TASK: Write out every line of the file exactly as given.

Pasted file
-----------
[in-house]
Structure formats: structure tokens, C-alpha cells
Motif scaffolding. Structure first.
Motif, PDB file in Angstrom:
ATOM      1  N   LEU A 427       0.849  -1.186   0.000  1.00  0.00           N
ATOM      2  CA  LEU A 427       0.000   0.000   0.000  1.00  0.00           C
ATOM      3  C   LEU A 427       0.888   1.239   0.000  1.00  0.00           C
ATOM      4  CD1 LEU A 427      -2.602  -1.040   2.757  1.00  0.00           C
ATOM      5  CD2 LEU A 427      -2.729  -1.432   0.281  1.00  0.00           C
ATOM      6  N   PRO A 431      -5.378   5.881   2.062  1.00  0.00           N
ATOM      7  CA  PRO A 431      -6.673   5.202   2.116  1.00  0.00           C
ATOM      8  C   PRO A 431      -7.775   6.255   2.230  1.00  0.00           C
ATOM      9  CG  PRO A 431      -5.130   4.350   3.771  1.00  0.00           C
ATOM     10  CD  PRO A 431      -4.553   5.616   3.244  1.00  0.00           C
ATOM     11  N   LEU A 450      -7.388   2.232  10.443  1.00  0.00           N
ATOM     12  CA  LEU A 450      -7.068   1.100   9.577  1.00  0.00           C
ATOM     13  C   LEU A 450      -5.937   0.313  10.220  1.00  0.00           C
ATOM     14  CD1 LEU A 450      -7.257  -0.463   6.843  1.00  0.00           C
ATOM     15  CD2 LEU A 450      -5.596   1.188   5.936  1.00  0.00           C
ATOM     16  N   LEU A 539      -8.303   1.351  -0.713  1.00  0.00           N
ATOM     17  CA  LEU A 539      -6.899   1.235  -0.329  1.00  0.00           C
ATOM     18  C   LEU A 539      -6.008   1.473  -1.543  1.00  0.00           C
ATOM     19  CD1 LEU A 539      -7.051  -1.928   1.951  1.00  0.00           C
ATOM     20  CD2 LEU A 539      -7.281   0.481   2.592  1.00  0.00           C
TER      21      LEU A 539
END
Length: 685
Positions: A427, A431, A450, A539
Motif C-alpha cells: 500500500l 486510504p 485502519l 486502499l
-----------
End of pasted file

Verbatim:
[in-house]
Structure formats: structure tokens, C-alpha cells
Motif scaffolding. Structure first.
Motif, PDB file in Angstrom:
ATOM      1  N   LEU A 427       0.849  -1.186   0.000  1.00  0.00           N
ATOM      2  CA  LEU A 427       0.000   0.000   0.000  1.00  0.00           C
ATOM      3  C   LEU A 427       0.888   1.239   0.000  1.00  0.00           C
ATOM      4  CD1 LEU A 427      -2.602  -1.040   2.757  1.00  0.00           C
ATOM      5  CD2 LEU A 427      -2.729  -1.432   0.281  1.00  0.00           C
ATOM      6  N   PRO A 431      -5.378   5.881   2.062  1.00  0.00           N
ATOM      7  CA  PRO A 431      -6.673   5.202   2.116  1.00  0.00           C
ATOM      8  C   PRO A 431      -7.775   6.255   2.230  1.00  0.00           C
ATOM      9  CG  PRO A 431      -5.130   4.350   3.771  1.00  0.00           C
ATOM     10  CD  PRO A 431      -4.553   5.616   3.244  1.00  0.00           C
ATOM     11  N   LEU A 450      -7.388   2.232  10.443  1.00  0.00           N
ATOM     12  CA  LEU A 450      -7.068   1.100   9.577  1.00  0.00           C
ATOM     13  C   LEU A 450      -5.937   0.313  10.220  1.00  0.00           C
ATOM     14  CD1 LEU A 450      -7.257  -0.463   6.843  1.00  0.00           C
ATOM     15  CD2 LEU A 450      -5.596   1.188   5.936  1.00  0.00           C
ATOM     16  N   LEU A 539      -8.303   1.351  -0.713  1.00  0.00           N
ATOM     17  CA  LEU A 539      -6.899   1.235  -0.329  1.00  0.00           C
ATOM     18  C   LEU A 539      -6.008   1.473  -1.543  1.00  0.00           C
ATOM     19  CD1 LEU A 539      -7.051  -1.928   1.951  1.00  0.00           C
ATOM     20  CD2 LEU A 539      -7.281   0.481   2.592  1.00  0.00           C
TER      21      LEU A 539
END
Length: 685
Positions: A427, A431, A450, A539
Motif C-alpha cells: 500500500l 486510504p 485502519l 486502499l